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Holiday weekends can be fun, as family and friends get together and celebrate over food and drink. However, it is also a peak time for arrests due to driving under the influence. If you are going to be out and about celebrating with friends and family, be sure to plan ahead and have a designated driver. If you have been arrested for driving under the influence, it is important to understand that you have not yet been convicted. An arrest just implies that an officer has reason to suspect that you may be driving under the influence. You cannot be convicted unless you plead guilty to the charges, or if a jury finds you guilty of the charges.

A Los Angeles DUI conviction can result in several consequences. The best way to avoid any consequences is to speak to a Los Angeles DUI Attorney early on and as soon as possible. Certain consequences can be mitigated before a formal case is even filed. This can also help reduce other consequences. Waiting until the last minute may hurt your chances, but having an attorney in your corner can be the best decision you can make.

A DUI specialist has over 30 plus years of experience. We know the court system inside and out, we are familiar with the Judges, the clerks and the officers. This helps make negotiations and discussions efficient, and tailored to each individual Judge. Especially when it comes to lessening the following consequences:

If you have been arrested for a Los Angeles DUI, the best thing you could do for yourself is to retain a Los Angeles DUI attorney as soon as possible. An experienced attorney will look for the factual and evidentiary weaknesses in your case so that they can help prepare the best possible defense for you.

The first place a legal professional would start is with the police report that is prepared by the arresting officers. Officers need probable cause to stop a person, it cannot be a random stop. There has to be a valid reason that the person was stopped. For example, the person may have run a red light, or they may have been weaving in and out of traffic.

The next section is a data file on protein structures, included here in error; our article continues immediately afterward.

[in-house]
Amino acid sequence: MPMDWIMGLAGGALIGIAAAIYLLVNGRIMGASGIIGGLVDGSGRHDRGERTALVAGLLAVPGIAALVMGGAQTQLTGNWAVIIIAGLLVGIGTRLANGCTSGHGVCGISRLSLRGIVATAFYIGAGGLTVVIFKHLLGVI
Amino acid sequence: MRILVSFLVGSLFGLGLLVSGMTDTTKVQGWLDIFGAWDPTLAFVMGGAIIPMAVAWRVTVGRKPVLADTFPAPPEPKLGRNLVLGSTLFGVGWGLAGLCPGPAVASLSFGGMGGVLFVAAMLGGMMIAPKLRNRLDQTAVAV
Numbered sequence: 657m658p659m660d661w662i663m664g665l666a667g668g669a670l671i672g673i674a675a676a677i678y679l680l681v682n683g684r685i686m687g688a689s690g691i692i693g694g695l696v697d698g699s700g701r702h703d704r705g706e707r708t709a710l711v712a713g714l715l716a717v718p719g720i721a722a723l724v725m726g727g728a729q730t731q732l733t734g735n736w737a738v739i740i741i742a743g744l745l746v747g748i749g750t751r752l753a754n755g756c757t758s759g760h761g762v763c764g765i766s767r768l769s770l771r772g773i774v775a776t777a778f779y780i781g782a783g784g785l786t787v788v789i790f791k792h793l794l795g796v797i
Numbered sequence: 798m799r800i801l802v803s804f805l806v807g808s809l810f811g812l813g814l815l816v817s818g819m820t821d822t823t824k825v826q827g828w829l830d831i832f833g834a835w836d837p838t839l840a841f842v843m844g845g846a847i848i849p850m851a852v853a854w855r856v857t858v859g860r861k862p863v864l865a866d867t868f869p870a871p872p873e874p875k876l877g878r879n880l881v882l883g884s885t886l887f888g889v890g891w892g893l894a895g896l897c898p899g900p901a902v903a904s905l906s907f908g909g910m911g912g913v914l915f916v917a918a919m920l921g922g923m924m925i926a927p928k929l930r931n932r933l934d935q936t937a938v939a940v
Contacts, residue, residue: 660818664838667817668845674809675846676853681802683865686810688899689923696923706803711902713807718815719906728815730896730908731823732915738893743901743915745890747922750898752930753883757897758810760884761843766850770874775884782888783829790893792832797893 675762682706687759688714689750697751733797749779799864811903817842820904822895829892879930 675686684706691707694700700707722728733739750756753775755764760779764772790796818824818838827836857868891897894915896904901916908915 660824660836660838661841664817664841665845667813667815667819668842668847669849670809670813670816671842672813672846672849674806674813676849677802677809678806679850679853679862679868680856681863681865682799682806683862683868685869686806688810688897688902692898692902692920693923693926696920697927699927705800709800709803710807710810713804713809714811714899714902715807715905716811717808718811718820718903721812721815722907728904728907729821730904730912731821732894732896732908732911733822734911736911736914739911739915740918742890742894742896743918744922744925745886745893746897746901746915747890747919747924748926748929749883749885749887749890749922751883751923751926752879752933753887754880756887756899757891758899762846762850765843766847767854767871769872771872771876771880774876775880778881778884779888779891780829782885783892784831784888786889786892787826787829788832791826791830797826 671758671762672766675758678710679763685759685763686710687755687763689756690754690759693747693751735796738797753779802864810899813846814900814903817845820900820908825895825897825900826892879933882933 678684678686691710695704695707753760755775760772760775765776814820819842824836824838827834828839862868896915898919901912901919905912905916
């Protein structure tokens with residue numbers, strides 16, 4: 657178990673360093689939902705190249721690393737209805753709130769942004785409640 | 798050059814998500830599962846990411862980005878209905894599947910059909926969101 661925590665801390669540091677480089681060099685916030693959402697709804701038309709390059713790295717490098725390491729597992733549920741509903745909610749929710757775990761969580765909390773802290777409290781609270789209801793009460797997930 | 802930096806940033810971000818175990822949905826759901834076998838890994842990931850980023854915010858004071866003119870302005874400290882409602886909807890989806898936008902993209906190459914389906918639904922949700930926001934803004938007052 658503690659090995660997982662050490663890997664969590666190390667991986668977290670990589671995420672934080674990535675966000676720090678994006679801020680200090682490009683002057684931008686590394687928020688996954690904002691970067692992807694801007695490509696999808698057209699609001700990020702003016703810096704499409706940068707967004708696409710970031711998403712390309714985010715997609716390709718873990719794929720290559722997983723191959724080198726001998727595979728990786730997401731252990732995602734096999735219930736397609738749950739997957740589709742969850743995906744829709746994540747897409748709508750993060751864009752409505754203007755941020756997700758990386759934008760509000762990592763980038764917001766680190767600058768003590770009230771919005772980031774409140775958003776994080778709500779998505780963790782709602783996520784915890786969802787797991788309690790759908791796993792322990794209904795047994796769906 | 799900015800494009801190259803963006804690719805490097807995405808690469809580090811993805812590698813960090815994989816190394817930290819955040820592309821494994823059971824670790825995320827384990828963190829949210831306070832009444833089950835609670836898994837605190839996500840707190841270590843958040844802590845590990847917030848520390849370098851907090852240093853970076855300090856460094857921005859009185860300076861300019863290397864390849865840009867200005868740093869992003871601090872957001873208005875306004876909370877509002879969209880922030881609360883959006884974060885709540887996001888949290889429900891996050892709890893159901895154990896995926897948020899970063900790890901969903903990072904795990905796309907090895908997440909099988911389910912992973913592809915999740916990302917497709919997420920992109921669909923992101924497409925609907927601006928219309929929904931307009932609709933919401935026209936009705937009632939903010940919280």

Officers make this stop based on their own observations. Sometimes the probable cause is strong and there is not much room for argument, but sometimes it is subjective and leaves room for weakness. Let’s say that a person was stopped for weaving in and out of lanes. Was the weaving blatantly apparent, slight and subtle? This will depend on how the officer interpreted it, and how the officer interpreted it may not be strong enough to support probable cause. On the other hand, if the probable cause is something like running a red light, there may not be much room for weakness and the officer will be able to support the requirement of probable cause.

If you have been arrested for suspicion of driving under the influence, you have not yet been charged or convicted. This is a very important distinction. When you are arrested, it is only because officers believe there may be enough evidence to find you guilty of what they are charging you with. The case is then forwarded to prosecutors who will review the evidence and make a determination as to whether there really is enough to bring a formal case against you. The first priority of a Los Angeles DUI lawyer is to demonstrate that there is not enough evidence to formally bring a case against you. That is why the earlier you hire a Criminal Lawyer to defend you, the quicker they can get to work and fight to drop the charges before they are even made.

With an attorney on your side, they can act swiftly to contact the arresting police department and speak to the officer about the evidence they have against you. They can gather information efficiently and quickly because they know the officers and are familiar with the police department. But more importantly, the police department has a good working relationship with the attorney and so they are more willing to cooperate and work with the attorney in getting them the information they need.